In other words, short-form has gone prestige. Once the purview of DIY YouTubers and aspiring creatives looking for a big break (Issa Rae graduated from the minutes-long webseries The Misadventures of Awkward Black Girl to HBOs full-length comedy Insecure), short-form now commands a deep well of resources the backing of major studios, streaming-service budgets and top talent. And as the slate of original content continues to expand, scripted short-form TV may become the most contested battleground for heavyweight tech and content companies, as everyone from Snap to YouTube to Sundance TV compete for a quarter-hour snippet of attention.

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A still from Special Photograph: Netflix

Katzenberg has declared the shift to short-form as era-defining, telling a crowd at South by Southwest: Five years from now, we want to come back on this stage and if we were successful, there will have been the era of movies, the era of television and the era of Quibi. What Google is to search, Quibi will be to short-form video.

Quibi, short for quick-bite, is a $5 a month subscription service that will break full-length TV and movies into mobile-optimized six to 10 minute chunks. Set to launch in April 2020, the service is already worth more than $1bn and is developing projects with Lena Waithe, Oscar-winning director Guillermo del Toro, Justin Timberlake and a Fatal Attraction 2.0 thriller with Naomi Watts.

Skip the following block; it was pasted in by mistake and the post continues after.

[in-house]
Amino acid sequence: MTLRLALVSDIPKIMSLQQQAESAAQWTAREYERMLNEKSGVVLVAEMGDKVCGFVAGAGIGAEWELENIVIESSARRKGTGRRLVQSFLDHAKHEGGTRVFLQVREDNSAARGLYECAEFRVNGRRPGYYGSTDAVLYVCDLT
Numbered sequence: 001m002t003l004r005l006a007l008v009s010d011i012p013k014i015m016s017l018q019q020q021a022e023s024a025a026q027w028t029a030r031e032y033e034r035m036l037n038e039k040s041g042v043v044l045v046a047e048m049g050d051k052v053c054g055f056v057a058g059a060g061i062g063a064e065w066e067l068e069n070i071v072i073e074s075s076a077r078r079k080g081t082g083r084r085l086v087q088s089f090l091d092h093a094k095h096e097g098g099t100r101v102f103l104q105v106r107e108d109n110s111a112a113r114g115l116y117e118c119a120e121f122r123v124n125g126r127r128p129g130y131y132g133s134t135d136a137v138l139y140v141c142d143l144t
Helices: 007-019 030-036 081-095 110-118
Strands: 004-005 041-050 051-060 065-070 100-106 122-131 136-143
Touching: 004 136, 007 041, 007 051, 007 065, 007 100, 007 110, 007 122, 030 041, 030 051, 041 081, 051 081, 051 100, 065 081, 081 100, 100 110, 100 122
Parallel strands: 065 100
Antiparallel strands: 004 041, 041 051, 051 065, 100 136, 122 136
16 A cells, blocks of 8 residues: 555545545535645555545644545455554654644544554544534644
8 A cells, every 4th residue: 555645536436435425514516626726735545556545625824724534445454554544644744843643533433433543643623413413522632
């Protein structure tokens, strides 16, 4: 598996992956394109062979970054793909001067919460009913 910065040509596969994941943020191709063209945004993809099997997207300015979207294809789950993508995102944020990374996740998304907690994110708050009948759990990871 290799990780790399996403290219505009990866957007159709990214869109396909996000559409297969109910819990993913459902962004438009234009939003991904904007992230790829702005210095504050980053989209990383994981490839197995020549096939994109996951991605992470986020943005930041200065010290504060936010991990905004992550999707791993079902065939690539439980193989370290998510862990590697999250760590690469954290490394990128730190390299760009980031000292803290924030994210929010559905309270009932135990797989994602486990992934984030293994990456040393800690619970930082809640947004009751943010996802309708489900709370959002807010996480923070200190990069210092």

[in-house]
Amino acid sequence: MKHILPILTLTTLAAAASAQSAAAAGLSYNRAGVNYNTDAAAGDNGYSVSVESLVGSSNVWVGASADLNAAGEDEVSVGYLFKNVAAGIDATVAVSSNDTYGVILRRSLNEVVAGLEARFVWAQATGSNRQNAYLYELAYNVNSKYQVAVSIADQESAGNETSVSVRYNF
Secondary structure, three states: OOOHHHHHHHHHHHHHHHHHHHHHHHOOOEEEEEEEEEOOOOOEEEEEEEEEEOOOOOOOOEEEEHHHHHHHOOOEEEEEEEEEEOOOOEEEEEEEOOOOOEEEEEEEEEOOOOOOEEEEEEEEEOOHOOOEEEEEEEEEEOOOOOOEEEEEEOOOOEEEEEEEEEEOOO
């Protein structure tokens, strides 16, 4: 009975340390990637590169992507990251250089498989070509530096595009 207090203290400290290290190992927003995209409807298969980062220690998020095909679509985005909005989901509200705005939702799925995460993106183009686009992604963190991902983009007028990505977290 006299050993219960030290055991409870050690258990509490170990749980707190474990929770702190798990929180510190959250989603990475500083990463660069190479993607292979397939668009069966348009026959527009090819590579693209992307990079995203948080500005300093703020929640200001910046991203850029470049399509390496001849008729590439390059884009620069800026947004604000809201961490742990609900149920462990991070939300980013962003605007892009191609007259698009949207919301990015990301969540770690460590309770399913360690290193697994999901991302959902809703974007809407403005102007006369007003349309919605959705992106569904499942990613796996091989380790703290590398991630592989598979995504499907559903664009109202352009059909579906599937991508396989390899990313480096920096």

Its still too early to tell whether Quibis world of short-form will fundamentally reshape the hierarchy of Hollywood content. But shows like State of the Union have already demonstrated that scripted short-form can open up TV to new formats and voices that might not otherwise make it to series in a traditional length.

Special and Bonding, for example, both feature marginalized perspectives who challenge the TV status quo, and were probably considered a risk in finding a broad audience on broadcast. Netflixs vice-president of product, Todd Yelling, has said that the decision to go short, standard or long depends on the material. Its really about flexibility in storytelling. Some stories are best told in six minutes and some stories are best told in 10 hours, he told Variety in March.